It might be suspected that alienation effects based on inadequate processing might lose their attraction after some time and that the better, because more general method is the reduction of achieved reality. Here, the artist himself can truly determine his own kind of alienation and adapt it to his own purposes. There is yet another way of achieving unusual image innovation on the basis of the representation of reality. It is up to the artist to make use of all means of real-simulation and to stick to the created impression but to deviate from reality in his concept insofar as he himself invents certain objects, creatures and landscapes by figuring non-existent objects in a realistic presentation—even using optical effects of refraction and diffraction. This style is known in classical art by the term of surrealism. This style is limited by the simple fact that it is technically laborious to abide strictly to the laws of geometry and optics and to work with the multitude of details of an assumed reality. In the field of static images this method has been applied frequently, having, however, raised the question whether the precise consideration of the laws of geometry and the exact positioning of lights has anything to do with art; the creative act should be seen in the conceived vision.

A very important additional element is the fact that the computer animation is also able to present these pictures, scenes and visions in motion; here, the borderline has been crossed within which visual concepts that can be realized by manual means are enclosed. Up to now, there are only few short scenes giving an indication of what will once be possible, also in the field of arts; and even these few examples are mostly packed away in banal science fiction action so that earnest critics do not think them worth mentioning.

This, too, leads to a shifting of the artistic act of creation from a depicting activity, generally taking into account geometrical projective points of view, to the elaboration of visionary concepts. What is expected from the artist by far surpasses the creation of a single image. When he has to deal with sequences of pictures, with processes, they all have to be tuned to one another. To be exact, it needs a conception of an imaginary world with its own multitude of forms and its own laws. For the user of computer-animation is by no means confined to the known laws of nature—he can change them at random, something that has already been demonstrated in the film TRON with the racing bicycles that can go around corners without time delay. It is certainly up to the artist to decide which formations to chose, how to conceive a utopian or fantastic scenery. The critical viewer, however, will soon notice whether the artist's concept is homogenous or faulty. There is nothing to be said against showing a world of dissolving clocks—following an idea of Salvador Dali; contrary to the work of the famous surrealist, the production of an instantaneous picture is not enough, it will prove indispensable to reflect on the rules governing dissolving objects.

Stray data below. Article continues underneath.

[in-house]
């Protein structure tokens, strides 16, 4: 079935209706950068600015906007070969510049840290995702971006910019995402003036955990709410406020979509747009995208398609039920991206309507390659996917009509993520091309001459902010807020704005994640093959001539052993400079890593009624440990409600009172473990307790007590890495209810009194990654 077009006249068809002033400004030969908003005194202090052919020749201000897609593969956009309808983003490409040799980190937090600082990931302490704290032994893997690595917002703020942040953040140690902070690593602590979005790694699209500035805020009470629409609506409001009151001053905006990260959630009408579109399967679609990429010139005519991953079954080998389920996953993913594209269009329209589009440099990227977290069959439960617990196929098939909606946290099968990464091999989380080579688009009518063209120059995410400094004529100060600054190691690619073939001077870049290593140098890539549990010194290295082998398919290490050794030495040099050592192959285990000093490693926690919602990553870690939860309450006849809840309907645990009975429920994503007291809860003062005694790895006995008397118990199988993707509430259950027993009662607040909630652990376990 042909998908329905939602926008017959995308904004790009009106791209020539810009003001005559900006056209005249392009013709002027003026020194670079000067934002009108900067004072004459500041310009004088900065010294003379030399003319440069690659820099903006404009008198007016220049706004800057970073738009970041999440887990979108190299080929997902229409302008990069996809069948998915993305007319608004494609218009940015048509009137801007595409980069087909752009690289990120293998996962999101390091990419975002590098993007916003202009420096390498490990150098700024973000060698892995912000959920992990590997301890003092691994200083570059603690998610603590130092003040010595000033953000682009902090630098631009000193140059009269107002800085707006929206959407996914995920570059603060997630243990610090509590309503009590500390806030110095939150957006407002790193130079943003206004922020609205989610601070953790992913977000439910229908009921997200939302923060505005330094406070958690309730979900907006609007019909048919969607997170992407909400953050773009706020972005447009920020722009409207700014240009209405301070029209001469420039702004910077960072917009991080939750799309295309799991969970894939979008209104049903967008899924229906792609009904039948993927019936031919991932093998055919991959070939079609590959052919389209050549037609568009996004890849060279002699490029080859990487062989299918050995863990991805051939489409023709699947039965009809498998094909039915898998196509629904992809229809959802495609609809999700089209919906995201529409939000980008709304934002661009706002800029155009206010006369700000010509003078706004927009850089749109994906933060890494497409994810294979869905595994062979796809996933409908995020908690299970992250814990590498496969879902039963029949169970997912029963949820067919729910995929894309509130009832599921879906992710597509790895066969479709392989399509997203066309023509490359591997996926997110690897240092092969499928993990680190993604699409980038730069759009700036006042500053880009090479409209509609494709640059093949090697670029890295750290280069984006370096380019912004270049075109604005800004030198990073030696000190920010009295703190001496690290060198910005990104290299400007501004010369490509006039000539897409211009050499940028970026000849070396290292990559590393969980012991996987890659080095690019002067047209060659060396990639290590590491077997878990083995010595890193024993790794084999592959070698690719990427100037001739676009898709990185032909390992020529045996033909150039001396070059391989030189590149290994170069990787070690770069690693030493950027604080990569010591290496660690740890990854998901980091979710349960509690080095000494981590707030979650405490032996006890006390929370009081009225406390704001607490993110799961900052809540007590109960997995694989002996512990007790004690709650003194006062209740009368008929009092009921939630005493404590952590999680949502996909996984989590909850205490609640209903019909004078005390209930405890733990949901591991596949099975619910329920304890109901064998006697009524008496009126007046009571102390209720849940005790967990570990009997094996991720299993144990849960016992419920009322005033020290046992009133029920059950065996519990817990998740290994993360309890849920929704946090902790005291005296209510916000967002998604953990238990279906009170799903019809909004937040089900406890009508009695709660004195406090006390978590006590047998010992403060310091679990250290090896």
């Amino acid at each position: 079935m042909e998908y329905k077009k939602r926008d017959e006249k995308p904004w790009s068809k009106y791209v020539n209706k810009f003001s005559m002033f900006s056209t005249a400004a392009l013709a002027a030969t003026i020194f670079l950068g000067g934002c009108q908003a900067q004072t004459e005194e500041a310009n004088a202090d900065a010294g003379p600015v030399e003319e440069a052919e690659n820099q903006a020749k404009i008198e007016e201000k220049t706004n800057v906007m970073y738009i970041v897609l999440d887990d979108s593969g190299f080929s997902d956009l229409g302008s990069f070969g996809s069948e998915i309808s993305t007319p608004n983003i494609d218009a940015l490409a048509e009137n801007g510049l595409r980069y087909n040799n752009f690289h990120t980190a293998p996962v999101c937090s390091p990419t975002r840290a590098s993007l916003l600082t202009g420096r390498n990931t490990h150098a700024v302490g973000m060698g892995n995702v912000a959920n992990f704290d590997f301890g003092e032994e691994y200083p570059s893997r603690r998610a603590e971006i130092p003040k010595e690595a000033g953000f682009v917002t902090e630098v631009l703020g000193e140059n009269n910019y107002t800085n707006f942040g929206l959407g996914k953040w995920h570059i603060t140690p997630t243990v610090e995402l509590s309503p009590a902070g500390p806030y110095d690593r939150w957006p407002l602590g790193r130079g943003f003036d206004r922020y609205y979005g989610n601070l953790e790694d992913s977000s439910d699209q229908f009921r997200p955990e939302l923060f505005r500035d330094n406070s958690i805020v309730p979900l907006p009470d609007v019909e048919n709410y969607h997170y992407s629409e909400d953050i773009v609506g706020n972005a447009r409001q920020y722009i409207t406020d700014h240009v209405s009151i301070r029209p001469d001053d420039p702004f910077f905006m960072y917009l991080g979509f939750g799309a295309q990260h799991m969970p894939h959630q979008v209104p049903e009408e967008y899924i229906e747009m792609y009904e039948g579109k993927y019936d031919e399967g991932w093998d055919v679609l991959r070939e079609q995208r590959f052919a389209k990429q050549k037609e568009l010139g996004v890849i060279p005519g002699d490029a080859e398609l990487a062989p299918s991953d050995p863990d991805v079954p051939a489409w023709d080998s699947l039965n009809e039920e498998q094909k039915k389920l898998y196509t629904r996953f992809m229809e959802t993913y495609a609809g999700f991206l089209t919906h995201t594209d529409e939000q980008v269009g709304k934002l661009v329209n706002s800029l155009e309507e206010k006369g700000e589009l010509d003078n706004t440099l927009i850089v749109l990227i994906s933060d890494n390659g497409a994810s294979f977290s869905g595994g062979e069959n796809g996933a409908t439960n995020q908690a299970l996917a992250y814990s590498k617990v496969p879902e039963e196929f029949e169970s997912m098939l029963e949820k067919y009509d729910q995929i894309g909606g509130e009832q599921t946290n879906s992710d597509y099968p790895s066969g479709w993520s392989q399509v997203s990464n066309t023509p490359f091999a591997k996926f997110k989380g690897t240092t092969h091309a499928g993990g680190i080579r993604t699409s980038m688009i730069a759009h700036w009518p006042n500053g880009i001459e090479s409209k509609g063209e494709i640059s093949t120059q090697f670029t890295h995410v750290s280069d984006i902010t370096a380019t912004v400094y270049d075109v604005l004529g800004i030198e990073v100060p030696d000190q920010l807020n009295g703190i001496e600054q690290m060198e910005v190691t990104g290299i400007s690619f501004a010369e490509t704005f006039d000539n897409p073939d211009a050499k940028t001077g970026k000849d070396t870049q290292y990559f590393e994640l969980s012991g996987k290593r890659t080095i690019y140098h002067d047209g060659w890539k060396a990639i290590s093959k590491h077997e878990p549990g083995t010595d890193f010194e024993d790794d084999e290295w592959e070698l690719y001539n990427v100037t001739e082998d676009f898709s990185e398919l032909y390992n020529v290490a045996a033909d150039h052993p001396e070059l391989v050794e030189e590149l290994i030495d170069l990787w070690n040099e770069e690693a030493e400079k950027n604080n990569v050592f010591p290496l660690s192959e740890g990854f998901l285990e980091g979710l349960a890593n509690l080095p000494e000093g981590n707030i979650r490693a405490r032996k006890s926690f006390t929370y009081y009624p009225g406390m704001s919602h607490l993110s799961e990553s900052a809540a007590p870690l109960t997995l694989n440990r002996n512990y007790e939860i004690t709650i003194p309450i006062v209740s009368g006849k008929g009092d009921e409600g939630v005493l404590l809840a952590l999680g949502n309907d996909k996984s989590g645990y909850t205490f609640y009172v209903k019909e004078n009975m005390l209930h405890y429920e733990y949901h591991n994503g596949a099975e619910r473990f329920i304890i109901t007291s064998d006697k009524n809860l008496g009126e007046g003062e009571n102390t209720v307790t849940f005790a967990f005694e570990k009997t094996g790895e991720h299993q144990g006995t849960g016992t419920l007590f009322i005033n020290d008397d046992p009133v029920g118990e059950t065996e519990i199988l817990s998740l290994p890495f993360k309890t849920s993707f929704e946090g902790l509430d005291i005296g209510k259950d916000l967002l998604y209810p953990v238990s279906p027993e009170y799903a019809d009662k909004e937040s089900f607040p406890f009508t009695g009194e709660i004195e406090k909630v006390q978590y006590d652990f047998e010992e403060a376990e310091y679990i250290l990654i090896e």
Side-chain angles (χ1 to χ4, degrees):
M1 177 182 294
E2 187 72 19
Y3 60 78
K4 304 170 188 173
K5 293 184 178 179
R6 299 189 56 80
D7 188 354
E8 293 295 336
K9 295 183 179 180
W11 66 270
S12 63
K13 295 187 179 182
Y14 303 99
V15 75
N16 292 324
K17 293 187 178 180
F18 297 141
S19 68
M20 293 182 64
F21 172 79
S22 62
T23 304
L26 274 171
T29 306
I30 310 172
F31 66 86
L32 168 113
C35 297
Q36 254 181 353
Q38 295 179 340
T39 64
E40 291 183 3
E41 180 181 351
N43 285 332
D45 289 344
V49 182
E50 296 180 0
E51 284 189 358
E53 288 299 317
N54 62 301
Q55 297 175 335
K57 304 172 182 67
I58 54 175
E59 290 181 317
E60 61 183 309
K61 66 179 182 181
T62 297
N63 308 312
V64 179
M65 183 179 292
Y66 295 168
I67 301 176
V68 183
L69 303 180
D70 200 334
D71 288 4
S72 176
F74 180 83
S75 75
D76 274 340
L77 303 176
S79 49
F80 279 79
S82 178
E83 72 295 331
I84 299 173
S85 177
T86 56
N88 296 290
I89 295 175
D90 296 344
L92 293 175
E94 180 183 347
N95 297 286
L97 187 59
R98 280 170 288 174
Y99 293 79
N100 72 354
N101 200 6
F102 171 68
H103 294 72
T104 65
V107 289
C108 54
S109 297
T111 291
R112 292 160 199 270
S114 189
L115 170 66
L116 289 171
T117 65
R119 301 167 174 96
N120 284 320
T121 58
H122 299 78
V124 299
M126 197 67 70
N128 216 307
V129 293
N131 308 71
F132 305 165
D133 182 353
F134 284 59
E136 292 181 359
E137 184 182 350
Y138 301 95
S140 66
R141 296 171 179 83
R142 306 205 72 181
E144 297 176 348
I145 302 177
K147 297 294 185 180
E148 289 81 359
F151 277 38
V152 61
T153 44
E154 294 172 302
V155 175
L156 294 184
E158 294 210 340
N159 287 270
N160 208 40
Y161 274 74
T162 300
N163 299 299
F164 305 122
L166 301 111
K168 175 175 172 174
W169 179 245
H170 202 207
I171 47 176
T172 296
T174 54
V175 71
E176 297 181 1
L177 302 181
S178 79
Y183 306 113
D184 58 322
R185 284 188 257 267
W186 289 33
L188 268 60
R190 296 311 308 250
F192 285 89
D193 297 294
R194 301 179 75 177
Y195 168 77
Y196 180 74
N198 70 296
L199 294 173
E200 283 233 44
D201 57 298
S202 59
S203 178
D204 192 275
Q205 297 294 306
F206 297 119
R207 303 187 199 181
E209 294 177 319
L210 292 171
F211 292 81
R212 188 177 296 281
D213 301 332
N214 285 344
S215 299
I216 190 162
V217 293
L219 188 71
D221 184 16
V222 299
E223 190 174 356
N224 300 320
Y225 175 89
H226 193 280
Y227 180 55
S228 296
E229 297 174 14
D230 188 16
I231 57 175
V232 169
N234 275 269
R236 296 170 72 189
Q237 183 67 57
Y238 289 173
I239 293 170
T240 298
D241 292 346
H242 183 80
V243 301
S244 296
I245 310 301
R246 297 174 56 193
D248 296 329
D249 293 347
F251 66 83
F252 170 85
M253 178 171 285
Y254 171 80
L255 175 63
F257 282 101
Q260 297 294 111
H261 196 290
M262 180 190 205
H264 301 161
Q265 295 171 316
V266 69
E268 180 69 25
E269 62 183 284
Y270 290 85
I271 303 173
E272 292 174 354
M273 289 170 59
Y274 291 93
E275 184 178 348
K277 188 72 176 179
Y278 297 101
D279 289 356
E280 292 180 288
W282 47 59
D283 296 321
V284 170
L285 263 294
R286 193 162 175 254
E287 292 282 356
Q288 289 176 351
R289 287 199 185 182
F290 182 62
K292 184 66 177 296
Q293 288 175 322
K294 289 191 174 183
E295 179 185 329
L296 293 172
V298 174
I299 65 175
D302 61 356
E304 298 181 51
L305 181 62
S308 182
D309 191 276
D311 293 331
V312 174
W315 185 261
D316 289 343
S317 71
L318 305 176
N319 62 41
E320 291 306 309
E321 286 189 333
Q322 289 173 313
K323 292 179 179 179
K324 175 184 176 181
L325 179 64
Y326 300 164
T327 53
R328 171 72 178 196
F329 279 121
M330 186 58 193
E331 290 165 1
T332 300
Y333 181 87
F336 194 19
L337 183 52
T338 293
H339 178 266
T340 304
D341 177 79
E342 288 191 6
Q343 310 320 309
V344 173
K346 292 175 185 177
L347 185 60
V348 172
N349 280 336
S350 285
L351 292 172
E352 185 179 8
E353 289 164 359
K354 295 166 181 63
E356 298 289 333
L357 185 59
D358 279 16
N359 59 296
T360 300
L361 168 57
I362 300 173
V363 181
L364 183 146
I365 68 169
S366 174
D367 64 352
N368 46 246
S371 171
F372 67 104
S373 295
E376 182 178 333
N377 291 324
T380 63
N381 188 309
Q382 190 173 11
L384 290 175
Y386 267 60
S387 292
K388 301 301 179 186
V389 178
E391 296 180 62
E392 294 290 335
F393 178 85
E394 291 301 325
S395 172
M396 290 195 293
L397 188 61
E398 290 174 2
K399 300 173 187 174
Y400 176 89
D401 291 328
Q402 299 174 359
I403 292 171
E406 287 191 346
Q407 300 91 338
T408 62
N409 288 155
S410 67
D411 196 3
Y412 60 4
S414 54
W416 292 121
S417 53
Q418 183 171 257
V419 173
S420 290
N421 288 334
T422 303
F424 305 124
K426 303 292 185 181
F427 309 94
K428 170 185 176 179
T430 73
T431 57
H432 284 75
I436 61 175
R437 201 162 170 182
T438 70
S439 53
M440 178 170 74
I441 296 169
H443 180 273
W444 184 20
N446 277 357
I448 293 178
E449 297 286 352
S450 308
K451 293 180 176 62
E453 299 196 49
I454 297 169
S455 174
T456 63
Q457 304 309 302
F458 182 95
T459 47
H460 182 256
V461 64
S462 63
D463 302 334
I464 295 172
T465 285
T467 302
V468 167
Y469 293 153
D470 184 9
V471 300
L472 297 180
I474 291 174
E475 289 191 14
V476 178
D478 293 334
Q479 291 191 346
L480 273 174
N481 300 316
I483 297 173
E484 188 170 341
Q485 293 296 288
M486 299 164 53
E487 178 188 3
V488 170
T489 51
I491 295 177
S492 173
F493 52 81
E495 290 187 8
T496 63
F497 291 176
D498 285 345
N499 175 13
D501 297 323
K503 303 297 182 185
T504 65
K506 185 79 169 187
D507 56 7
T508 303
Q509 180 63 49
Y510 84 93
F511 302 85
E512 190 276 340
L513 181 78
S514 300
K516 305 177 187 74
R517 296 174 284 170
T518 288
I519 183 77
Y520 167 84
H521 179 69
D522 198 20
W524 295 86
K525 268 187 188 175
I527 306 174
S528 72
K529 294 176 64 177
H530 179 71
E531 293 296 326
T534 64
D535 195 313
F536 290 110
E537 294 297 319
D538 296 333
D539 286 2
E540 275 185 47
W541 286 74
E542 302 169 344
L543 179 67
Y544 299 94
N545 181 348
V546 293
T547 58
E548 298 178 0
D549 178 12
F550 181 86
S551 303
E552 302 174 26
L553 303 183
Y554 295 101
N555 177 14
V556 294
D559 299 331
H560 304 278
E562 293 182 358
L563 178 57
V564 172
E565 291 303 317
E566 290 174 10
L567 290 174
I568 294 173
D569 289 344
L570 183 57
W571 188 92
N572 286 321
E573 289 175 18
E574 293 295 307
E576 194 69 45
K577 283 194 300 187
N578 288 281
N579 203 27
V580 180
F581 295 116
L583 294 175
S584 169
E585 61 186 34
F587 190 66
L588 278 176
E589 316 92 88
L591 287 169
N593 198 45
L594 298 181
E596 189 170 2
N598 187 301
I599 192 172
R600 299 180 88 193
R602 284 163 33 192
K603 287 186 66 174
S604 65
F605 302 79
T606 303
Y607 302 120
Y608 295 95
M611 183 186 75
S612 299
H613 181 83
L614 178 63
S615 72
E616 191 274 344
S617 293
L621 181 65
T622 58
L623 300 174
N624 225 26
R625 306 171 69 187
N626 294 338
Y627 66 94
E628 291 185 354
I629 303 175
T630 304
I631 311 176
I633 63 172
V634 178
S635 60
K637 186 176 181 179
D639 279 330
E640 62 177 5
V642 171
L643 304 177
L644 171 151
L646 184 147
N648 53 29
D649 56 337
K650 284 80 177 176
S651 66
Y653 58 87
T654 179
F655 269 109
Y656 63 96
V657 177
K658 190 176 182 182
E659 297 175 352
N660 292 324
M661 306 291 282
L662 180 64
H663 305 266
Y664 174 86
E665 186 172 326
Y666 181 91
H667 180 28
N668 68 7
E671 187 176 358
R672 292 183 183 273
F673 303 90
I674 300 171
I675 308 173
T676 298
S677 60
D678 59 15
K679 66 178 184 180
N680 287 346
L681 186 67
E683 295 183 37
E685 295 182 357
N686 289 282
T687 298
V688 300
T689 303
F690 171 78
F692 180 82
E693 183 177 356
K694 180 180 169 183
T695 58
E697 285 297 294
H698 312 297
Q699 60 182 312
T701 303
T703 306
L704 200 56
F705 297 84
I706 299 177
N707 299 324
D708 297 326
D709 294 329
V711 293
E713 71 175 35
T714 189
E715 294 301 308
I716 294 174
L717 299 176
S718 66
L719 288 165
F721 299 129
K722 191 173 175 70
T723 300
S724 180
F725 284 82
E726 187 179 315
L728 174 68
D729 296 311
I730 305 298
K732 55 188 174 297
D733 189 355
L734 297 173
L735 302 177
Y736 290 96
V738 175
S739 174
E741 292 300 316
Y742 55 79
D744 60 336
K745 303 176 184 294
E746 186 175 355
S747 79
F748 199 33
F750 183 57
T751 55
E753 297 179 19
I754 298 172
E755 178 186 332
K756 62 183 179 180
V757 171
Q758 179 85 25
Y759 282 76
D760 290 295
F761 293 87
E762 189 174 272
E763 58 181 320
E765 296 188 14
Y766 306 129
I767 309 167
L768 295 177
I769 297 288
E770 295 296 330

In art, the transition to motion is a consequential step, for the traditionally educated painters as well as for the graphic artist who will be utilizing this method in the future. This does by no means exhaust the possibilities offered by the computer technology. An additional, fundamentally important element that can only be realized with the help of the electronic method is that of interactivity. Up to now, talking of image sequences meant film sequences, linear series determined in their logical succession. This limitation complies with the conventional mode of thinking oriented towards film and television. If it is possible to describe an entire series of pictures by means of a computer program, it is also possible to run the series in any order of succession. Computer supported design offers one simple example: here, the viewer can choose any desired point of vision by means of the roll-ball. A similar case are the simulation programs that need not necessarily be regarded as linked to a learning process. The same program principle makes it possible to fly over the given landscape forms in any chosen direction and—as an additional effect—to go into low level flight at places of special interest: the mouth of a river, a bridge, a city. In fact, there already exist programs like that for game purposes (derived from more sophisticated models) to be operated on small computers. It goes without saying that this implies a limitation to considerable simplifications. Let us mention a third case: the Massachusetts Institute of Technology has developed a program based on the highly detailed mapping of a village. It lets the user stroll through the streets and regard any chosen point. A program like this might, for example, serve the purpose of acquainting a group of special agents with a location they could not enter before the planned action.